The name derives from the Greek akòniton “poisonous plant”. The genus includes evergreen perennials originating from the northern hemisphere, some indigenous in Italy, with variously lobed leaves, laciniate or palmitoleate, showy flowers in the form of a helmet grouped in spikes, roots more or less tuberized, very poisonous, like the whole plant. Some alkaloids are extracted from them, the main one being aconitin, scarcely used even in medicine because of the very high toxicity; the most frequent use is in anti-neuralgic drugs, but care should be taken with the doses for the products containing it.
Cultivated species of Aconitum:
A. carmichaelii (about 1 meter), violet-blue flowers in late summer and autumn; Aconitum napellus (cm 50 – m 1), the most important and one of the most poisonous, especially in large tubers, aboriginal and very frequent on the Alps and the Pre-Alps, blue or purple flowers in July and August; there are many varieties with white and pink flowers and many cultivars have been taken from them; Aconitum variegatum, with flowers often variegated in white and light blue, spontaneous on the Alps and in the northern part of the Apennines up to Tuscany.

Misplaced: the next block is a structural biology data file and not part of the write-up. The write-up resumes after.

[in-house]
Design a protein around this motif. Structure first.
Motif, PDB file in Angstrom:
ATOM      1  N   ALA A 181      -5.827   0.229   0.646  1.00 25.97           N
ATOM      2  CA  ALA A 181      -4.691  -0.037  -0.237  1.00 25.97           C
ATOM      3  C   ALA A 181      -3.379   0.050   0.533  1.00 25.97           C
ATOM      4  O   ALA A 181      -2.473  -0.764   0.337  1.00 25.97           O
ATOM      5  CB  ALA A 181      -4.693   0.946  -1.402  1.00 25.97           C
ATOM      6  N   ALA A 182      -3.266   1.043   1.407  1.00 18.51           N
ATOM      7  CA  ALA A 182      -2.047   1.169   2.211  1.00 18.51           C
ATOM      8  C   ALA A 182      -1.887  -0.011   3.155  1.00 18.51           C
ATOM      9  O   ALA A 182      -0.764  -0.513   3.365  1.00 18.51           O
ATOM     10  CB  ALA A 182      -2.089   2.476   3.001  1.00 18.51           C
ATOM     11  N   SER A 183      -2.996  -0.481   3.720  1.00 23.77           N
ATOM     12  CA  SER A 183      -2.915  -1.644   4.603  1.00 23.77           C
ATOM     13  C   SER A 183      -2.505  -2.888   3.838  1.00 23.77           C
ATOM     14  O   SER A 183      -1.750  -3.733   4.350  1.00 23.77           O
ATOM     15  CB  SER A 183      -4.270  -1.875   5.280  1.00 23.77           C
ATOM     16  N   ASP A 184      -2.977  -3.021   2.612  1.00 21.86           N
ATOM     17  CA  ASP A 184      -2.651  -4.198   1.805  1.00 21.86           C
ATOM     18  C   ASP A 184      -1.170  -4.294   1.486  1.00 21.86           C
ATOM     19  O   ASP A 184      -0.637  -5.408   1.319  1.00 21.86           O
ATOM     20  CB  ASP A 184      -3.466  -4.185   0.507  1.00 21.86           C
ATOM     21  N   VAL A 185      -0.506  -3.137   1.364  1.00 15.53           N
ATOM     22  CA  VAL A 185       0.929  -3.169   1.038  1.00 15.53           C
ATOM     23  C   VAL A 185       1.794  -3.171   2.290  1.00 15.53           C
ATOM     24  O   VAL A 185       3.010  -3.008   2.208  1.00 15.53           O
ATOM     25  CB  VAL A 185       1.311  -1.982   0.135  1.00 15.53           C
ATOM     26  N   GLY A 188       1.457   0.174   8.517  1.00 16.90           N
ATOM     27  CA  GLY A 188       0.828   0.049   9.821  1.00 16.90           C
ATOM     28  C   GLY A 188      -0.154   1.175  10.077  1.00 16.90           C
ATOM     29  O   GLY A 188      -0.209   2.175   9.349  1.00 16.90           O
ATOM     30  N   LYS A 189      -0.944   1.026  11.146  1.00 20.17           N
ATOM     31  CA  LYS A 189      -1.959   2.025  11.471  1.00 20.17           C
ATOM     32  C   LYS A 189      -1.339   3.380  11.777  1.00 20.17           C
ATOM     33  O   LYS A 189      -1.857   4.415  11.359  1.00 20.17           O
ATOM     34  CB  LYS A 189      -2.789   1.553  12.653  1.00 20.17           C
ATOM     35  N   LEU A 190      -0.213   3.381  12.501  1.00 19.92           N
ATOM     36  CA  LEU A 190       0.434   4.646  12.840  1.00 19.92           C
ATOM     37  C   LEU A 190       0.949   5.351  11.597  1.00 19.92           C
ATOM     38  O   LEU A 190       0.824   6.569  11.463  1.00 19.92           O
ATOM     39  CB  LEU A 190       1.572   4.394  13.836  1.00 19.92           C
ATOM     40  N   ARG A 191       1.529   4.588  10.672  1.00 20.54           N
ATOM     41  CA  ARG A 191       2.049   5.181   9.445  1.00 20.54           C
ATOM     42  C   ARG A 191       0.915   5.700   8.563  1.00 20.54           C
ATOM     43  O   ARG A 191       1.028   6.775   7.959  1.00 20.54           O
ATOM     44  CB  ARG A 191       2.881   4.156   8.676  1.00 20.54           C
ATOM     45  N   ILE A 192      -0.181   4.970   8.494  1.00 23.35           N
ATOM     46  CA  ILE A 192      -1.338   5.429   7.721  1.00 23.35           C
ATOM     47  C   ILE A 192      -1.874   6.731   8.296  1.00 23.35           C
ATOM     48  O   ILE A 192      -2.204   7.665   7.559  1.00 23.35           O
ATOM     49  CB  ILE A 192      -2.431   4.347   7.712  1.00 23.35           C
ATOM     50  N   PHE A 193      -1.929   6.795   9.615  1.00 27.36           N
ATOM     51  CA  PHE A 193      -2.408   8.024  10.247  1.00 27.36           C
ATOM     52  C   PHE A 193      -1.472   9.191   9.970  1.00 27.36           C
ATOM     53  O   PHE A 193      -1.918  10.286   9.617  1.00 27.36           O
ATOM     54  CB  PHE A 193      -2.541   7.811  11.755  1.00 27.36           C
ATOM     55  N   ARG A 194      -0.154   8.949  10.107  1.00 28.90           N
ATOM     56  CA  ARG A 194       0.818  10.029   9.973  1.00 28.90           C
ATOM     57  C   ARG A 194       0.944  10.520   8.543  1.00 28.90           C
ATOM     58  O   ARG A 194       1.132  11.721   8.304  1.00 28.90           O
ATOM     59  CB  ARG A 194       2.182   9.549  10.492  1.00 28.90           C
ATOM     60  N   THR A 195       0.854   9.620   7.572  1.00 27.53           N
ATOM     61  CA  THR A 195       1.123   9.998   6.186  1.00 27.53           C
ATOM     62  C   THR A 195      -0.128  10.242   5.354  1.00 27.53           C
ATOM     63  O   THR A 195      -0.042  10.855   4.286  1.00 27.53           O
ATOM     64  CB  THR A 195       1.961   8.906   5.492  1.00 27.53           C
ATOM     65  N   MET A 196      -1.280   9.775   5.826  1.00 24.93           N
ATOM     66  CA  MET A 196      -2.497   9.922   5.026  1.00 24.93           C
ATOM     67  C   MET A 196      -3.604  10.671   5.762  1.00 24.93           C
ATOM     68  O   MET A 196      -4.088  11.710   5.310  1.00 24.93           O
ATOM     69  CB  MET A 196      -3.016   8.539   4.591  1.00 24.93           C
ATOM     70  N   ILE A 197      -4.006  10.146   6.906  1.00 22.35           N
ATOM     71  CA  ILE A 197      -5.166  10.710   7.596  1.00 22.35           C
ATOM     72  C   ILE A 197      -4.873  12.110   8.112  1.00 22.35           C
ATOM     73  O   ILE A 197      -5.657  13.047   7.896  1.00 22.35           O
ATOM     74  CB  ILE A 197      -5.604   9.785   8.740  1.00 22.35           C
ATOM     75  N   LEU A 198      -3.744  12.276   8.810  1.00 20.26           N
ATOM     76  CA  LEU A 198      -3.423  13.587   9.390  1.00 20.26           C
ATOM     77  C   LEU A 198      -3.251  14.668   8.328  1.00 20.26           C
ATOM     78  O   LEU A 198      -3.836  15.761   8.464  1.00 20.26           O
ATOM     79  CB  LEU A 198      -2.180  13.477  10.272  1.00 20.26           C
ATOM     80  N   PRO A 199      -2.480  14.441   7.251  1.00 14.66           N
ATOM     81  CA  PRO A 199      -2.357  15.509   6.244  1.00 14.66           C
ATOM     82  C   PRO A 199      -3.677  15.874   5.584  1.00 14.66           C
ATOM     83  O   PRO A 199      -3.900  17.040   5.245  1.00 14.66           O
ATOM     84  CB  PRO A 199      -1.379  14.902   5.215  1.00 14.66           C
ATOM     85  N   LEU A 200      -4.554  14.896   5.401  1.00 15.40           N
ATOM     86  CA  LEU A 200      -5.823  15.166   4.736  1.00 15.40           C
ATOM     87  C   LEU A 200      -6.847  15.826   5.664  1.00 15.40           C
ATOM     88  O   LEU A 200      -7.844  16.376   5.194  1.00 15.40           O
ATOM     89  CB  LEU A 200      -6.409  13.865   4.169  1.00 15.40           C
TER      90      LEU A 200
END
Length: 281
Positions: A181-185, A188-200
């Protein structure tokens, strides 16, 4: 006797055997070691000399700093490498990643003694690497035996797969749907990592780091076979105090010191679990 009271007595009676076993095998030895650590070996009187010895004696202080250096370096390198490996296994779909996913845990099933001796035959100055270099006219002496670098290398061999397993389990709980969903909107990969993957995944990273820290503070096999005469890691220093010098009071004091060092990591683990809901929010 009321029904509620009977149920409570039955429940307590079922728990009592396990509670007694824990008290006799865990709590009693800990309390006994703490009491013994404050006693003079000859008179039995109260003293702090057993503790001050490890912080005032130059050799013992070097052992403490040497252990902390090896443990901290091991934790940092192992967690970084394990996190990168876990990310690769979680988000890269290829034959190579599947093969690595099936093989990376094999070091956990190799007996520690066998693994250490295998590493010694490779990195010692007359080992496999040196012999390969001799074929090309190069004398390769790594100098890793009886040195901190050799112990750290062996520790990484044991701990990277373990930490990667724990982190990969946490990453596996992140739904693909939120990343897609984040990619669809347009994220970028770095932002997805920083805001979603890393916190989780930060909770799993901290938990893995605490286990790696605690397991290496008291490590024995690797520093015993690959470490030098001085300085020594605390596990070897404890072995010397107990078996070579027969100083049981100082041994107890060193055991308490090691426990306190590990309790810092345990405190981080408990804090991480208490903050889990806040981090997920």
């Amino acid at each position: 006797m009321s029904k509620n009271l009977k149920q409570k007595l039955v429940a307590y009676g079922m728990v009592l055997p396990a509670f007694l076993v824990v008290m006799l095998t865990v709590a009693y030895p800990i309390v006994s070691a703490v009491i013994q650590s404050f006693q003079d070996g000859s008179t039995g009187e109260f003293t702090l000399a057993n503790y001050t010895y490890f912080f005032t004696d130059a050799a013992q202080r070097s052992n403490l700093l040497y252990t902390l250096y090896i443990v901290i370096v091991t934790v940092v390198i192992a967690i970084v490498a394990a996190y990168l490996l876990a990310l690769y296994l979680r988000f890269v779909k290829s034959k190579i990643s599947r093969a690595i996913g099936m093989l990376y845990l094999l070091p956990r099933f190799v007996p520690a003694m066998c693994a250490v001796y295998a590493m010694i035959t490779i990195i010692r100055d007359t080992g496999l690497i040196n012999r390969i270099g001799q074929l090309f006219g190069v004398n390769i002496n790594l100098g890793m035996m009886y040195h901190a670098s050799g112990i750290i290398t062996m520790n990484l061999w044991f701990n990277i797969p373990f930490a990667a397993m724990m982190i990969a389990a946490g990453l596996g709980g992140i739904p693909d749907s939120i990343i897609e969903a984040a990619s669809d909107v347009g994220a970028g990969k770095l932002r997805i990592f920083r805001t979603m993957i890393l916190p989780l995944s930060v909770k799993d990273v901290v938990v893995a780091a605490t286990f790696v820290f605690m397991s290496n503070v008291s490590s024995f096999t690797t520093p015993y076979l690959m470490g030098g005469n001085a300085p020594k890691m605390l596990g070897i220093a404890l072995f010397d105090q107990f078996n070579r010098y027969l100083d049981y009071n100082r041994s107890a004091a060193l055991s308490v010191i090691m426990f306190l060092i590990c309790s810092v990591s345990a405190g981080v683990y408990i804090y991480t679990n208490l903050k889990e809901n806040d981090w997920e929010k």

the Aconitum, or rather its cultivated varieties, are suitable plants to be used in semi-shady gardens in cool places; they require permeable and porous soil and form beautiful spots of color. It is multiplied by division of the tufts in spring, it can also be sown, but the germination is slow.